For more than a decade, California has sentenced convicted murderers to death without having a legal method of actually executing them. While courts tossed out the former lethal-injection protocol on constitutional and procedural grounds, juries continued to issue death sentences — more than 180 since executions were halted, which has swelled California’s death row to 747 people, the largest in the nation.
That state of limbo has let Californians have their cake and eat it, too, allowing them to impose the harshest legal penalty available for murder without having to deal with the moral repercussions of putting someone to death. But the status quo is on the verge of changing, and what has been a merely theoretical punishment could soon become real. The Brown administration will, over the next few weeks, either reject or finalize a new lethal-injection protocol. If approved, the protocol would put the state on the road to resuming executions (although it too is expected to be challenged by the ACLU and other anti-death-penalty groups).
The state used to rely on three drugs in succession to knock a condemned inmate senseless, induce paralysis and then stop the heart. The proposed new protocol would use only one of four possible drugs selected on a “case-by-case basis, taking into account changing factors such as the availability of a supply” of amobarbital, pentobarbital, secobarbital and thiopental.
But death penalty critics, such as the ACLU, point out that pharmaceutical companies have stopped producing or have refused to supply those drugs to prisons in order to avoid their use in executions. That ban has led other states to go to ludicrous extremes to obtain execution drugs, including sending corrections officials with wads of cash to compounding pharmacies in other states to buy the drugs on the down-low, and illegally importing the drugs from overseas vendors. How exactly California prison officials will get around that supply problem is a question mark.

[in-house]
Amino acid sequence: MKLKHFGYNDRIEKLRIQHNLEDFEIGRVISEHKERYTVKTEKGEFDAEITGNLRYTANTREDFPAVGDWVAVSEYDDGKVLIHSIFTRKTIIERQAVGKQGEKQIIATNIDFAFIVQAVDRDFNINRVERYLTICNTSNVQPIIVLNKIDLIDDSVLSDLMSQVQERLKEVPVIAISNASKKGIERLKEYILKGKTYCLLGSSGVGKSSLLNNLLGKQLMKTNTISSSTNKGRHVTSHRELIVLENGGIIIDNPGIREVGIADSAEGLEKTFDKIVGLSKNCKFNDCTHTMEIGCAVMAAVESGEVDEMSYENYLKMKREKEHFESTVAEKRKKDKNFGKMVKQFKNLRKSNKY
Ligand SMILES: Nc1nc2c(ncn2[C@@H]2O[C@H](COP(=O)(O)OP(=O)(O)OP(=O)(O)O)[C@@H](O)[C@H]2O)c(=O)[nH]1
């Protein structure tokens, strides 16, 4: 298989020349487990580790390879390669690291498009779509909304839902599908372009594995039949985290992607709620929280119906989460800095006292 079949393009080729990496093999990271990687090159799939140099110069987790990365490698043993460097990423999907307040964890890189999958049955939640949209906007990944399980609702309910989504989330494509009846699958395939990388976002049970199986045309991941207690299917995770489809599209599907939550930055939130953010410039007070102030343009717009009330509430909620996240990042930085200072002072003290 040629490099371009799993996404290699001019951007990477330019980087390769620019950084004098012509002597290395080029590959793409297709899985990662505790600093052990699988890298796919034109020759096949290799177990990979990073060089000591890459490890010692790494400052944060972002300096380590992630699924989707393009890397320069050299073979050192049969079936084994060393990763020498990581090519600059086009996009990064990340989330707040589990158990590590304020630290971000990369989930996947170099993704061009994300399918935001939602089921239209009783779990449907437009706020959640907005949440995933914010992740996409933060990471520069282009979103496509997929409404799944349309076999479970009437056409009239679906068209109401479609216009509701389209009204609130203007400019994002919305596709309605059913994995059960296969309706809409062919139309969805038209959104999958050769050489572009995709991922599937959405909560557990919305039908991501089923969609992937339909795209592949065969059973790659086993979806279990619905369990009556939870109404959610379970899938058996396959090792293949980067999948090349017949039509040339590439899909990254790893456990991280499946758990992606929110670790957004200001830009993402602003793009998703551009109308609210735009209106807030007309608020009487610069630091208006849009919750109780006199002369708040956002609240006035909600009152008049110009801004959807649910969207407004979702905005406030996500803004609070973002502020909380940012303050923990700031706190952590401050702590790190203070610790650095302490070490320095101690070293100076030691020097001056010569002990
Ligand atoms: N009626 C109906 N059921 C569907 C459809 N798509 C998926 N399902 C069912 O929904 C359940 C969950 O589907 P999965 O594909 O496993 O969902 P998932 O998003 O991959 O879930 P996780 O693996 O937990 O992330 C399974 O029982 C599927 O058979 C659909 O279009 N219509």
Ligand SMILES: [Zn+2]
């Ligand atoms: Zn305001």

There is a better path for the state to take than futzing around with revised protocols that will be tied up in court for years by death penalty opponents, or adopting a protocol that will be unworkable because it relies on drugs the state will find nearly impossible to buy.
The decision on the final rule will come as voters consider competing initiatives on the November ballot to scrap the abominable practice altogether (Proposition 62) — which we strongly support — or to speed up the appeals process and make other changes that could increase the chances of an innocent person being put to death (Proposition 66). Californians have been divided on the issues, with a plurality — but not a majority — in a recent Field poll wanting to end the death penalty, while more than a third supported the measure to speed it up. Less than a quarter opposed Proposition 66, and more than four in 10 voters — a plurality — were undecided.
But when asked separately whether they would prefer a murder sentence be life without parole or death, 55% picked life without parole. Does that mean Proposition 62 will pass? No — but it does evidence the struggles that voters are going through, as does the massive uncertainty over what to do with Proposition 66.
Maybe this will help: As heinous as murder is, and as gruesome as some of the most publicized crimes might be, killing the perpetrators is in itself an immoral act. As a society, and as a criminal justice system, we don’t rape rapists, burglarize burglars or batter batterers. Execution of murderers is an outlier in how we treat convicted criminals, and it is a moral failure to continue to do so.
And the key word there is “convicted.” The Death Penalty Information Center counts 156 people nationwide who were exonerated of their crimes after being sentenced to death. Some were exonerated even though they had given confessions — admissions that were coerced or conned out of suspects with intellectual disabilities. In other cases, prosecutors manipulated the system, witnesses lied or were mistaken, or forensic evidence was wrongly analyzed or misused.
So how many of the 747 people on California’s death row are actually innocent of the crimes for which they might be put to death? It’s impossible to know, but one study found that at least 4% of condemned inmates nationwide aren’t guilty of the murders for which they are being held accountable. That translates to about 30 people who probably were wrongfully convicted sitting on California’s death row. A system that flawed should be abolished.
For a complete list of The Times’ endorsements for the Nov. 8 ballot, go to latimes.com/endorsements.